Okay, here’s my first dividend with the new flash. This little guy is elusive. I have very few good shots. And I only got a single frame this time. He is shy. Which is to say, that every time I encounter one, it is headed away and hides under the nearest coral. So this was a grab shot. It was not even ideally exposed. But it was good enough to see the texture of the black spots and the green and blue color, which I have struggled to show in the past. Yes this was a good shot. Not great, that will come later.
I have seen these fish once last summer. They are large and swim gracefully. I thought they were shy. But here they are under the platform teeming with beginner divers.
You know you are on the right track when an instructor is shooting along side you. I am told these fish have been here a while. I got my spiffy flash working. There is a difference between macro and wide-angle work. Here I am more wide and the lighting is flash and ambient light. But my images are sharp. Horray! The fish are large but drab. The point is that they are sharp and focused too.
It might be Willow. The two cats are brothers and they look alike to me. The point of this picture is that it represents a new change for me in underwater photography. Willow actually likes water. But this is not a series about cats swimming underwater. I bit the bullet and got a dive strobe. This is a considerable expense and a big step up in commitment. It is one more piece of equipment to potentially ruin with salt water. My recent trip home was so busy that I did not experiment for four days. Then I got the thing working in about ten minutes and in about 10 wasted frames. Now I needed a willing subject. Aha! The cats – and off I went. They were pretty tolerant. A bright light flashing is no fun. Nellie, my dog, invariably blinked and I would get closed eyes more than 90% of the time. Go figure.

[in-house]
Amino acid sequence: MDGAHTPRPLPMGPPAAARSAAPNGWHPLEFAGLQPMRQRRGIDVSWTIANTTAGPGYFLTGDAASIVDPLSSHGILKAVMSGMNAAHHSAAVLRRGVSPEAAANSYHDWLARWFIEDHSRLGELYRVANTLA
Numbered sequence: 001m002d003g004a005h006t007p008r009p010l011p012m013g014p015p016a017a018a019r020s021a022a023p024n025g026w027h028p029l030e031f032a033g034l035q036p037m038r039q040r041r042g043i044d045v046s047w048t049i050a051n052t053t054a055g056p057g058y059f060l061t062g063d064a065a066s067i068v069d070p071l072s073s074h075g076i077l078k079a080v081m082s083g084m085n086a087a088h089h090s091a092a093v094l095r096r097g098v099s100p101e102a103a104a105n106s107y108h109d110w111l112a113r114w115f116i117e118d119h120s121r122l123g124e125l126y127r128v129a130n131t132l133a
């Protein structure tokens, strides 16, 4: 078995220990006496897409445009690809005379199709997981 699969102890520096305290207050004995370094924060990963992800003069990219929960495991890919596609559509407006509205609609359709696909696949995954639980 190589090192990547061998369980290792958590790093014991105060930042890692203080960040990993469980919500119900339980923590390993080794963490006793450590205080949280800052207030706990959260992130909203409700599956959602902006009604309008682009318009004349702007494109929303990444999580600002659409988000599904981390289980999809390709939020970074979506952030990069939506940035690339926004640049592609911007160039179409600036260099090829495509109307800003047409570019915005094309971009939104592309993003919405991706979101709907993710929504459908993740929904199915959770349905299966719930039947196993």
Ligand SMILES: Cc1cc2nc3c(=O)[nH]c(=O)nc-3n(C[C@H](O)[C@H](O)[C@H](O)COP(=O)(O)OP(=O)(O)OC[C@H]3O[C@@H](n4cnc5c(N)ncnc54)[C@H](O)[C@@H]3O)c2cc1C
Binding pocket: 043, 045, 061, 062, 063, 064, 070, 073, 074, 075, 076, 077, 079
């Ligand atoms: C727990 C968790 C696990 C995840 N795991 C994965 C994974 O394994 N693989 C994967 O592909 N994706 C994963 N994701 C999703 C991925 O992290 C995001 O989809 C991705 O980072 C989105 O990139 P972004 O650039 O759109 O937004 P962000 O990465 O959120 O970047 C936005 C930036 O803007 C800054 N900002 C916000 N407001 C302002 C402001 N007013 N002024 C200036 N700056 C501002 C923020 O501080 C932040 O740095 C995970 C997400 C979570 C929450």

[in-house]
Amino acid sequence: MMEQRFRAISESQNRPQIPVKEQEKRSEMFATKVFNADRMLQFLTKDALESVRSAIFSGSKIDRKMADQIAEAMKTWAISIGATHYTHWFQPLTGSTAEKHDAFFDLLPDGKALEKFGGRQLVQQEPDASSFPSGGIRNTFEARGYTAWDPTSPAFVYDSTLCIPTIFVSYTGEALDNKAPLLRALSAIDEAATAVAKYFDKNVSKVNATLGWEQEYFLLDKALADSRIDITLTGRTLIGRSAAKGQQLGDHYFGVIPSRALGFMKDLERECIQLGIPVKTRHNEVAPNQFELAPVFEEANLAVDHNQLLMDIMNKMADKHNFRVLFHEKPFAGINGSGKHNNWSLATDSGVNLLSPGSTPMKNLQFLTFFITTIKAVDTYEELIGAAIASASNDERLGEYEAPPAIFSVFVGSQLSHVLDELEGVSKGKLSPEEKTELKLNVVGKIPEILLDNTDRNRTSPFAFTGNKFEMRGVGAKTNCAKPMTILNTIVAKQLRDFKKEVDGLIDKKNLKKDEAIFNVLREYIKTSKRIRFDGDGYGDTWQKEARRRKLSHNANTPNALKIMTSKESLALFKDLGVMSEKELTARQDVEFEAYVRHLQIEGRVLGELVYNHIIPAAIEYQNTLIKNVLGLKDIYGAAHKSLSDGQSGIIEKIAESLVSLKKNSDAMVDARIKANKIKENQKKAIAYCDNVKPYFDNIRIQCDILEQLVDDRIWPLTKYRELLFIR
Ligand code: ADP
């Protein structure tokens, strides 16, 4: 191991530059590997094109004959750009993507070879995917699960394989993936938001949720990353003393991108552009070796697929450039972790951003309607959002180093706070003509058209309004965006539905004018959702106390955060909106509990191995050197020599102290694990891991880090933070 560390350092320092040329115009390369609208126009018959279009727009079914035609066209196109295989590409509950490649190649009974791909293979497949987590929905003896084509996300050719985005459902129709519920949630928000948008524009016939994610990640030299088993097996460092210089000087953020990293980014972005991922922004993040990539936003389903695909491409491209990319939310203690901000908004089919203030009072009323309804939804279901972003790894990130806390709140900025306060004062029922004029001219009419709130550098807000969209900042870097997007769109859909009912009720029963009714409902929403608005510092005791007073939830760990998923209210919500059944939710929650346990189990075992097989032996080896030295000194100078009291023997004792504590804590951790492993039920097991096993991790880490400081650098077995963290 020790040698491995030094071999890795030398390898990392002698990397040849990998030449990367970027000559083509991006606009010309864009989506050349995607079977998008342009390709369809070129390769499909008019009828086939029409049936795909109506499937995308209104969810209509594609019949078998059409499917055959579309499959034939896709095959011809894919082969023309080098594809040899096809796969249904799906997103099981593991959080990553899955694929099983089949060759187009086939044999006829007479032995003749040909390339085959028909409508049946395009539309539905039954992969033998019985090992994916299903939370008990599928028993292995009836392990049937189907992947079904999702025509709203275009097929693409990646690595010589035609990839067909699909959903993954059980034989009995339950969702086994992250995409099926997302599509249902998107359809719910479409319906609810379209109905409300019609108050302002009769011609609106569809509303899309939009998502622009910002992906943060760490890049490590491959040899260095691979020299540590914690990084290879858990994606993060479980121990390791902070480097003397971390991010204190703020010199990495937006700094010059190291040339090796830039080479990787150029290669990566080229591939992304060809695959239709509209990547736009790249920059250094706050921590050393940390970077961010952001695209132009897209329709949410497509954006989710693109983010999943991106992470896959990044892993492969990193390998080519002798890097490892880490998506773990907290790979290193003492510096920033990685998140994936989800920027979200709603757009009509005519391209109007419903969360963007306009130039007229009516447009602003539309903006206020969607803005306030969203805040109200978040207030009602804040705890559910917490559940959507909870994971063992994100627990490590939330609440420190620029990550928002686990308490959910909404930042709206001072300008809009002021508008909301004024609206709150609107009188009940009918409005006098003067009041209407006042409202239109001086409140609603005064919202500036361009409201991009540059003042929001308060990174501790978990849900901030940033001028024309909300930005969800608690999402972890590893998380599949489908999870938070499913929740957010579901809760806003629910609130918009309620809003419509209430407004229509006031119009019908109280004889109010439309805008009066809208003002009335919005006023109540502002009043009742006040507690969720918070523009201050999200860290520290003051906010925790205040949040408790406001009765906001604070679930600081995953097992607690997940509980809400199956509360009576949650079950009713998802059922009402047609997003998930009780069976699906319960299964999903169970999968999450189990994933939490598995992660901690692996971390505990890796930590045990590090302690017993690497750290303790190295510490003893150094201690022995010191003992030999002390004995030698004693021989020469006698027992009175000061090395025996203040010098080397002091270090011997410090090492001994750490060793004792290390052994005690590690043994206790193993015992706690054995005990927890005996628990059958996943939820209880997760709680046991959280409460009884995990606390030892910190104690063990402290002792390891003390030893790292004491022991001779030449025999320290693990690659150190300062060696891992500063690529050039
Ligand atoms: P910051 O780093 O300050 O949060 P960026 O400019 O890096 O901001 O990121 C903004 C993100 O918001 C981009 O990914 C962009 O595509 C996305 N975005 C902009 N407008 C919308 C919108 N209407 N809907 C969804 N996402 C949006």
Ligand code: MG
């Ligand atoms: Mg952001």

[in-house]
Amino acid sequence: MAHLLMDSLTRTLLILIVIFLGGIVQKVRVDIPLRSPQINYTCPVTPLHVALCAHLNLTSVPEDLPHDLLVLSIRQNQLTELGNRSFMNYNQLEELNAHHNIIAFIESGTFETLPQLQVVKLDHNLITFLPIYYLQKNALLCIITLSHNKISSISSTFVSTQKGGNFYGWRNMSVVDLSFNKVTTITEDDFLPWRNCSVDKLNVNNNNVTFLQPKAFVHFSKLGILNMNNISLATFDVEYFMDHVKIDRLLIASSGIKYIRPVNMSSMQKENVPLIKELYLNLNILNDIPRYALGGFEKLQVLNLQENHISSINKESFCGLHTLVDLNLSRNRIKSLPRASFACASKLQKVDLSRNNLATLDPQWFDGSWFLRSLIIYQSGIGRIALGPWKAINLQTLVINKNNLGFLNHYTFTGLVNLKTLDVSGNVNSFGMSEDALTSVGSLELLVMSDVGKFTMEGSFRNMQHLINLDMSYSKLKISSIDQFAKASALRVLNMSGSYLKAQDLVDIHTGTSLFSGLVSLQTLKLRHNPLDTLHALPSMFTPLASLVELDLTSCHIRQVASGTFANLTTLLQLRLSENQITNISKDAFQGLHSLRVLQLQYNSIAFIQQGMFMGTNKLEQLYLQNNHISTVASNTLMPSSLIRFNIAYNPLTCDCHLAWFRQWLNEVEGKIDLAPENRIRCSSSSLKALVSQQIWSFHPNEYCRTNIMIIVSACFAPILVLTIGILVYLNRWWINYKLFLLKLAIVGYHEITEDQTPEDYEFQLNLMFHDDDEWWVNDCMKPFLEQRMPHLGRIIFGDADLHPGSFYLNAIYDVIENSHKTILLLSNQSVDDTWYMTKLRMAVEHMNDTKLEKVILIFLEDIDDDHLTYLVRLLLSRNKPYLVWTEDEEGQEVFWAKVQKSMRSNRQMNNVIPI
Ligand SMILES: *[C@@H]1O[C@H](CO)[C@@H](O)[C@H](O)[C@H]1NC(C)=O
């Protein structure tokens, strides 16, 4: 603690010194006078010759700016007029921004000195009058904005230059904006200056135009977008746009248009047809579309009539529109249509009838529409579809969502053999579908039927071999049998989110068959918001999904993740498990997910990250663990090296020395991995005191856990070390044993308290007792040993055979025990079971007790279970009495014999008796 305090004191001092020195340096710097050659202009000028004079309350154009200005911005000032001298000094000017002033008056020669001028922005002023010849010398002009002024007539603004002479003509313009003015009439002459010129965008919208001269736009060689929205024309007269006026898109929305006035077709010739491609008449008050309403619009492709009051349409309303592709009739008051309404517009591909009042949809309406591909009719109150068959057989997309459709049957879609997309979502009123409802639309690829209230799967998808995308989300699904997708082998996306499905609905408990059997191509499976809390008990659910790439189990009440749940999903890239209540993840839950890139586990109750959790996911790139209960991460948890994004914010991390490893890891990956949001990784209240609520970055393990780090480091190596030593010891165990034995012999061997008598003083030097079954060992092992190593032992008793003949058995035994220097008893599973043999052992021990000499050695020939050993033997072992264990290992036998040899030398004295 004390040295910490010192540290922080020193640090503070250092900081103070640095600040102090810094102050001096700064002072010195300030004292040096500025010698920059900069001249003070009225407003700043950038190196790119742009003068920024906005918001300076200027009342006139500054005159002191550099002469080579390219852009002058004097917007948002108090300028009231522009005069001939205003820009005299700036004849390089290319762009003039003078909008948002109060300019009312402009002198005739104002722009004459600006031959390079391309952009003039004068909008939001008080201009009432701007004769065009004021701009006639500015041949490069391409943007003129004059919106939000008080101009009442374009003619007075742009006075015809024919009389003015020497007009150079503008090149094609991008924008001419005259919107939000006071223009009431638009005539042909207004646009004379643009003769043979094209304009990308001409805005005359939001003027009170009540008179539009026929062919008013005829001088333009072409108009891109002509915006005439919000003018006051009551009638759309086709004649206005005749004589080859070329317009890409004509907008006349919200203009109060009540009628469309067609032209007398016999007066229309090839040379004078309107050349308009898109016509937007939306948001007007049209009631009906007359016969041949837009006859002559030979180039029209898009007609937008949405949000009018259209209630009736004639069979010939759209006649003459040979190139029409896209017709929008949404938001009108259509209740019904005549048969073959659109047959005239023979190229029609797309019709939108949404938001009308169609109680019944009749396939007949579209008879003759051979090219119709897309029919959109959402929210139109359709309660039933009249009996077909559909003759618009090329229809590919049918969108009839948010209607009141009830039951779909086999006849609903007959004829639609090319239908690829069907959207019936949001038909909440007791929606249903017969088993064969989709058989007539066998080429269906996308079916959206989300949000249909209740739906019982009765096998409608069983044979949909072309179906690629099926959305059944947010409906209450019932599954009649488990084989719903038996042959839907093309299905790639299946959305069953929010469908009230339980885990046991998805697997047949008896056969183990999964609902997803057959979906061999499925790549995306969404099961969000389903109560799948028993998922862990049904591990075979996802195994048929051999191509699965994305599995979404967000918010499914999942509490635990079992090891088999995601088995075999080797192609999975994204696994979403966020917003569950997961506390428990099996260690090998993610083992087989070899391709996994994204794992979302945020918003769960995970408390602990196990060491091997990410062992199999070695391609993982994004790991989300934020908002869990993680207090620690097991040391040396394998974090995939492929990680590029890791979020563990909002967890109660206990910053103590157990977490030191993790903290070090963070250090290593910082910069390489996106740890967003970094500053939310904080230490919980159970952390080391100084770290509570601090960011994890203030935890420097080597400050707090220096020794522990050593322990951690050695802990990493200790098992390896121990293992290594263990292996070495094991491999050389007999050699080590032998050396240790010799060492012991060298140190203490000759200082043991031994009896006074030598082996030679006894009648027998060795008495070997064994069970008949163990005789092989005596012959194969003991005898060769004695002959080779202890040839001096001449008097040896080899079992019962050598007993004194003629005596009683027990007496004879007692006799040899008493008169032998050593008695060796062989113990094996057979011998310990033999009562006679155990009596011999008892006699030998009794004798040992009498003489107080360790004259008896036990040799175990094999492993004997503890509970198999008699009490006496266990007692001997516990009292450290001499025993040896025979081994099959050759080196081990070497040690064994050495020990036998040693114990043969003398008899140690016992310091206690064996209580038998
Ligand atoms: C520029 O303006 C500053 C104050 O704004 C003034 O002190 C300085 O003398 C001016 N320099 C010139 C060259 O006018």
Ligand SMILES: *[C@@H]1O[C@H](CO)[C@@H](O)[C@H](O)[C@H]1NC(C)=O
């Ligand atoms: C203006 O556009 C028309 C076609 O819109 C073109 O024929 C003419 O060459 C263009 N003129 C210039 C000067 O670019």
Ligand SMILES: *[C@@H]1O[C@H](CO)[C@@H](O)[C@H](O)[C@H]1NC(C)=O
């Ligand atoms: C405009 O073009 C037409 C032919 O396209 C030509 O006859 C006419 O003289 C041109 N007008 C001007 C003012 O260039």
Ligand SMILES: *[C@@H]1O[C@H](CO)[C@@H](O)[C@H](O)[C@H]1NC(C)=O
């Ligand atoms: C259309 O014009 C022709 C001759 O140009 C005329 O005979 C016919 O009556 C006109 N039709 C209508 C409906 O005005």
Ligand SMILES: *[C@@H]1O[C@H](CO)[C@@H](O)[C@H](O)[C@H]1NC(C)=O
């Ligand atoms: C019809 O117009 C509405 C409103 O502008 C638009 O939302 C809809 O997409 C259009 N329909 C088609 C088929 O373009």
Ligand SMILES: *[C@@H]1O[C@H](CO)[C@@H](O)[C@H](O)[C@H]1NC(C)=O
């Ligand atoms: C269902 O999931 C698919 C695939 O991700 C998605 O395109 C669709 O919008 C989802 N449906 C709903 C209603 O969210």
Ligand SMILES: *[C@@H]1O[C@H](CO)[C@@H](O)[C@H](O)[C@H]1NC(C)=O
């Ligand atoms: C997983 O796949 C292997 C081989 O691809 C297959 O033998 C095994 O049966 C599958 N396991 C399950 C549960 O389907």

Okay! I got this whole thing figured out. I was pretty smug. When I got back to Jeddah I experimented again. In all I shot about two hundred images and pretty much knew what to do. It’s like swimming on dry land. You need to be in the water.
The first problem I encountered was the batteries were in wrong. Somehow a pair slipped and were backwards going into the flash head. Dive one – a bust. No flash. Dive two – there was water in my housing. Once the camera is exposed to water (it was not wet) the flash stops working. No flash again. Third dive – a charm – I switched cameras and all went according to plan. Finally! Fourth dive – an orgy – we did four that day – it was a night dive!! And the flash and the camera were in sync and I got some good shots. There were no great subjects. But the thing worked as I had practiced. There is still a steep learning curve to get comfortable. But at least I am getting images now. It’s all good from here.
I never see lionfish hurrying. So it is a mystery to me how they ever catch anything to eat. They swim in a sedate manner befitting their dangerous reputation. I usually do not see them in the open. And I do not often see two or more together. The shot to get is head on. Most of the time even though they are fearless, I am always looking at the tail end. Which mean…you are looking at shots I usually don’t capture in my camera. If you look, the shots looks easy. And I laugh.